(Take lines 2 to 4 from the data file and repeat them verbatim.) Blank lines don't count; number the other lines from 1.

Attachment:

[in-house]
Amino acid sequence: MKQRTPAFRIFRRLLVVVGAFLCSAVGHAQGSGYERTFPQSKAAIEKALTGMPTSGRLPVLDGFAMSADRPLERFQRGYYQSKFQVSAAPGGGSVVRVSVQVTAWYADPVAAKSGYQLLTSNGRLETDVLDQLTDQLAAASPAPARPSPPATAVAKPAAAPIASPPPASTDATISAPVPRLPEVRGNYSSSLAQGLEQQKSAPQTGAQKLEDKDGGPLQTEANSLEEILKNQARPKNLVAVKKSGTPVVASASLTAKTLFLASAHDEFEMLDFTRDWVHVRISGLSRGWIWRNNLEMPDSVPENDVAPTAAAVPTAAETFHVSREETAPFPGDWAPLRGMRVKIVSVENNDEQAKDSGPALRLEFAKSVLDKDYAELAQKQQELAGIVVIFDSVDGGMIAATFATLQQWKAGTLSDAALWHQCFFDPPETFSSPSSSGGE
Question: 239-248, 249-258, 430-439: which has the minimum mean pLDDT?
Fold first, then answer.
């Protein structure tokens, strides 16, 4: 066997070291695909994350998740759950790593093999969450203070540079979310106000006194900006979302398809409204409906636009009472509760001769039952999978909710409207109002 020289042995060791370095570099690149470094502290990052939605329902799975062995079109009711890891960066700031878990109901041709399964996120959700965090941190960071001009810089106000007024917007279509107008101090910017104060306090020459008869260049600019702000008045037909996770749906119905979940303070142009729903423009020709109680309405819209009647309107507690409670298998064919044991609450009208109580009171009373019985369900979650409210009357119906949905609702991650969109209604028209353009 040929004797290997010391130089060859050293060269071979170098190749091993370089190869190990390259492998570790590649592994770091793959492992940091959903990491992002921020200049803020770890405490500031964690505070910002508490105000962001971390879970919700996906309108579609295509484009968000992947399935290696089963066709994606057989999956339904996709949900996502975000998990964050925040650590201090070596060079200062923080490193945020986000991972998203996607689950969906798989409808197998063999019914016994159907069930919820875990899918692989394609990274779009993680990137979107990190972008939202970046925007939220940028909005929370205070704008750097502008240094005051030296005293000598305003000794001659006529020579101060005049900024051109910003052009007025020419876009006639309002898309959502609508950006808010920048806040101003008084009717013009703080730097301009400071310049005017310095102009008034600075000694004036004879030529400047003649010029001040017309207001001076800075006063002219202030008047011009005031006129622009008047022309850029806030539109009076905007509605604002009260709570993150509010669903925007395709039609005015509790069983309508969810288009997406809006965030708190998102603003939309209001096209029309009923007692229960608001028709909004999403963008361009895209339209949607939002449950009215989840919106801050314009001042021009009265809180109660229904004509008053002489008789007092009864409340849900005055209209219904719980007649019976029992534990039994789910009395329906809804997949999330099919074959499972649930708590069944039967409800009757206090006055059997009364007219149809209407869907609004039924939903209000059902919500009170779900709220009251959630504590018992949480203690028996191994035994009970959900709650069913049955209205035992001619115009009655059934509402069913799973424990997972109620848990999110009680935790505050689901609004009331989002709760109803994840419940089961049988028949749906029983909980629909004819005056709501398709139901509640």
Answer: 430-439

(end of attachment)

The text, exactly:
Amino acid sequence: MKQRTPAFRIFRRLLVVVGAFLCSAVGHAQGSGYERTFPQSKAAIEKALTGMPTSGRLPVLDGFAMSADRPLERFQRGYYQSKFQVSAAPGGGSVVRVSVQVTAWYADPVAAKSGYQLLTSNGRLETDVLDQLTDQLAAASPAPARPSPPATAVAKPAAAPIASPPPASTDATISAPVPRLPEVRGNYSSSLAQGLEQQKSAPQTGAQKLEDKDGGPLQTEANSLEEILKNQARPKNLVAVKKSGTPVVASASLTAKTLFLASAHDEFEMLDFTRDWVHVRISGLSRGWIWRNNLEMPDSVPENDVAPTAAAVPTAAETFHVSREETAPFPGDWAPLRGMRVKIVSVENNDEQAKDSGPALRLEFAKSVLDKDYAELAQKQQELAGIVVIFDSVDGGMIAATFATLQQWKAGTLSDAALWHQCFFDPPETFSSPSSSGGE
Question: 239-248, 249-258, 430-439: which has the minimum mean pLDDT?
Fold first, then answer.